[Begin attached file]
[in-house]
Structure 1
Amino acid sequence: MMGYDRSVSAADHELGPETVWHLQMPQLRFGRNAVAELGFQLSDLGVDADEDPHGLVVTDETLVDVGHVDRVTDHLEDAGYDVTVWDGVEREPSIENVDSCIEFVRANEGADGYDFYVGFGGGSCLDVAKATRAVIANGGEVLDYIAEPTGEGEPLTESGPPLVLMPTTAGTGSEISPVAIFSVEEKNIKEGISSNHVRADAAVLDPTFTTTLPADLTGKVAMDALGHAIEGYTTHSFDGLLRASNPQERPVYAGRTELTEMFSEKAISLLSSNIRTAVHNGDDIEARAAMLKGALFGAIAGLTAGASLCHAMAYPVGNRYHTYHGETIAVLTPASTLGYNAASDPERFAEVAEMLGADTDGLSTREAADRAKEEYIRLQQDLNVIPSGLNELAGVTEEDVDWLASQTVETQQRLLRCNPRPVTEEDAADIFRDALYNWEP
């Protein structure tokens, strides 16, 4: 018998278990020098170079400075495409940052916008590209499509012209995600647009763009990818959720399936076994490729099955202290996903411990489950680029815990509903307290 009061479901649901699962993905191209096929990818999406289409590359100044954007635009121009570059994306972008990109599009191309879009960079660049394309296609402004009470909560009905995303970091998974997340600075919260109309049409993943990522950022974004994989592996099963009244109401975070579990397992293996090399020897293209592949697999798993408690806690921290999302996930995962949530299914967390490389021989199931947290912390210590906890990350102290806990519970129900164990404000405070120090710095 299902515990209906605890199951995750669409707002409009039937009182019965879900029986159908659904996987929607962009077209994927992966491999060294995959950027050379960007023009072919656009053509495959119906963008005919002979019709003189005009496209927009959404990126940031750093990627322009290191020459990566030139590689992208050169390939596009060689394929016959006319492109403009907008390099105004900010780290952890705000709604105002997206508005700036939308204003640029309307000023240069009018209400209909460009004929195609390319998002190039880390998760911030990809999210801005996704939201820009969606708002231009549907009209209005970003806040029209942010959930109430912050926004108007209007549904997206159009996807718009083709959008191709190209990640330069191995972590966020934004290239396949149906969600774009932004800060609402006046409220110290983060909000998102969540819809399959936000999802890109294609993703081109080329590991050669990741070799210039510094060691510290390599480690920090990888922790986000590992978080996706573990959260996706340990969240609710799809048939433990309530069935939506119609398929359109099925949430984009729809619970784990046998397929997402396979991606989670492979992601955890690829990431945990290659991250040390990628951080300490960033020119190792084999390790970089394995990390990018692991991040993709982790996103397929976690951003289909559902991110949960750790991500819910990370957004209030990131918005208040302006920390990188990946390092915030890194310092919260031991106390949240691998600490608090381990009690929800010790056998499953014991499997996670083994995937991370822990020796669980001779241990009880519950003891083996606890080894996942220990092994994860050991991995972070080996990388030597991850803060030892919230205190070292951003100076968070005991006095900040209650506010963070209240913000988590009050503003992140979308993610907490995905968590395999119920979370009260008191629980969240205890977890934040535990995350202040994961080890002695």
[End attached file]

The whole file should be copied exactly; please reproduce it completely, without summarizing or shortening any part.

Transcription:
[in-house]
Structure 1
Amino acid sequence: MMGYDRSVSAADHELGPETVWHLQMPQLRFGRNAVAELGFQLSDLGVDADEDPHGLVVTDETLVDVGHVDRVTDHLEDAGYDVTVWDGVEREPSIENVDSCIEFVRANEGADGYDFYVGFGGGSCLDVAKATRAVIANGGEVLDYIAEPTGEGEPLTESGPPLVLMPTTAGTGSEISPVAIFSVEEKNIKEGISSNHVRADAAVLDPTFTTTLPADLTGKVAMDALGHAIEGYTTHSFDGLLRASNPQERPVYAGRTELTEMFSEKAISLLSSNIRTAVHNGDDIEARAAMLKGALFGAIAGLTAGASLCHAMAYPVGNRYHTYHGETIAVLTPASTLGYNAASDPERFAEVAEMLGADTDGLSTREAADRAKEEYIRLQQDLNVIPSGLNELAGVTEEDVDWLASQTVETQQRLLRCNPRPVTEEDAADIFRDALYNWEP
């Protein structure tokens, strides 16, 4: 018998278990020098170079400075495409940052916008590209499509012209995600647009763009990818959720399936076994490729099955202290996903411990489950680029815990509903307290 009061479901649901699962993905191209096929990818999406289409590359100044954007635009121009570059994306972008990109599009191309879009960079660049394309296609402004009470909560009905995303970091998974997340600075919260109309049409993943990522950022974004994989592996099963009244109401975070579990397992293996090399020897293209592949697999798993408690806690921290999302996930995962949530299914967390490389021989199931947290912390210590906890990350102290806990519970129900164990404000405070120090710095 299902515990209906605890199951995750669409707002409009039937009182019965879900029986159908659904996987929607962009077209994927992966491999060294995959950027050379960007023009072919656009053509495959119906963008005919002979019709003189005009496209927009959404990126940031750093990627322009290191020459990566030139590689992208050169390939596009060689394929016959006319492109403009907008390099105004900010780290952890705000709604105002997206508005700036939308204003640029309307000023240069009018209400209909460009004929195609390319998002190039880390998760911030990809999210801005996704939201820009969606708002231009549907009209209005970003806040029209942010959930109430912050926004108007209007549904997206159009996807718009083709959008191709190209990640330069191995972590966020934004290239396949149906969600774009932004800060609402006046409220110290983060909000998102969540819809399959936000999802890109294609993703081109080329590991050669990741070799210039510094060691510290390599480690920090990888922790986000590992978080996706573990959260996706340990969240609710799809048939433990309530069935939506119609398929359109099925949430984009729809619970784990046998397929997402396979991606989670492979992601955890690829990431945990290659991250040390990628951080300490960033020119190792084999390790970089394995990390990018692991991040993709982790996103397929976690951003289909559902991110949960750790991500819910990370957004209030990131918005208040302006920390990188990946390092915030890194310092919260031991106390949240691998600490608090381990009690929800010790056998499953014991499997996670083994995937991370822990020796669980001779241990009880519950003891083996606890080894996942220990092994994860050991991995972070080996990388030597991850803060030892919230205190070292951003100076968070005991006095900040209650506010963070209240913000988590009050503003992140979308993610907490995905968590395999119920979370009260008191629980969240205890977890934040535990995350202040994961080890002695």